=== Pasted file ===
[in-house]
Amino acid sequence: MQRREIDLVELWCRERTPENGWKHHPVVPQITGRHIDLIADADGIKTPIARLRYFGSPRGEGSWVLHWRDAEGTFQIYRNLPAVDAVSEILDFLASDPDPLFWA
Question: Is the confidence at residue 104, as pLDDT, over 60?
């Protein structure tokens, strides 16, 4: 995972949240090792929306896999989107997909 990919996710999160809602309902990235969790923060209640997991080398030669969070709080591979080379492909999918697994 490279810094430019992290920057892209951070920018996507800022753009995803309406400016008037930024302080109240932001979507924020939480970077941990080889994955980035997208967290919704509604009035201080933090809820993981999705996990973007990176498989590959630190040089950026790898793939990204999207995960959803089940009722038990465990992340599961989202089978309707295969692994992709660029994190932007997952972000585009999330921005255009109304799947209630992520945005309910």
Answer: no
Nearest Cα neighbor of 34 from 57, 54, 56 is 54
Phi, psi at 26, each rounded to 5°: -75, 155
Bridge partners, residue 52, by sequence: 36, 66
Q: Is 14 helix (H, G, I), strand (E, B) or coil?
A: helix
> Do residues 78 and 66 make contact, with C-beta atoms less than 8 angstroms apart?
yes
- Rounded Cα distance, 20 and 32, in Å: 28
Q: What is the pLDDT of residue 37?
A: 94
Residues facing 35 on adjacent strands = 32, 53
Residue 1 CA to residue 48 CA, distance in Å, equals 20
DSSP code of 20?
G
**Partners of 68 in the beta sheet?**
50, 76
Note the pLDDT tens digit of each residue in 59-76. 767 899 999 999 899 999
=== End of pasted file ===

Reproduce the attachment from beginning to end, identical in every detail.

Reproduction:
[in-house]
Amino acid sequence: MQRREIDLVELWCRERTPENGWKHHPVVPQITGRHIDLIADADGIKTPIARLRYFGSPRGEGSWVLHWRDAEGTFQIYRNLPAVDAVSEILDFLASDPDPLFWA
Question: Is the confidence at residue 104, as pLDDT, over 60?
């Protein structure tokens, strides 16, 4: 995972949240090792929306896999989107997909 990919996710999160809602309902990235969790923060209640997991080398030669969070709080591979080379492909999918697994 490279810094430019992290920057892209951070920018996507800022753009995803309406400016008037930024302080109240932001979507924020939480970077941990080889994955980035997208967290919704509604009035201080933090809820993981999705996990973007990176498989590959630190040089950026790898793939990204999207995960959803089940009722038990465990992340599961989202089978309707295969692994992709660029994190932007997952972000585009999330921005255009109304799947209630992520945005309910």
Answer: no
Nearest Cα neighbor of 34 from 57, 54, 56 is 54
Phi, psi at 26, each rounded to 5°: -75, 155
Bridge partners, residue 52, by sequence: 36, 66
Q: Is 14 helix (H, G, I), strand (E, B) or coil?
A: helix
> Do residues 78 and 66 make contact, with C-beta atoms less than 8 angstroms apart?
yes
- Rounded Cα distance, 20 and 32, in Å: 28
Q: What is the pLDDT of residue 37?
A: 94
Residues facing 35 on adjacent strands = 32, 53
Residue 1 CA to residue 48 CA, distance in Å, equals 20
DSSP code of 20?
G
**Partners of 68 in the beta sheet?**
50, 76
Note the pLDDT tens digit of each residue in 59-76. 767 899 999 999 899 999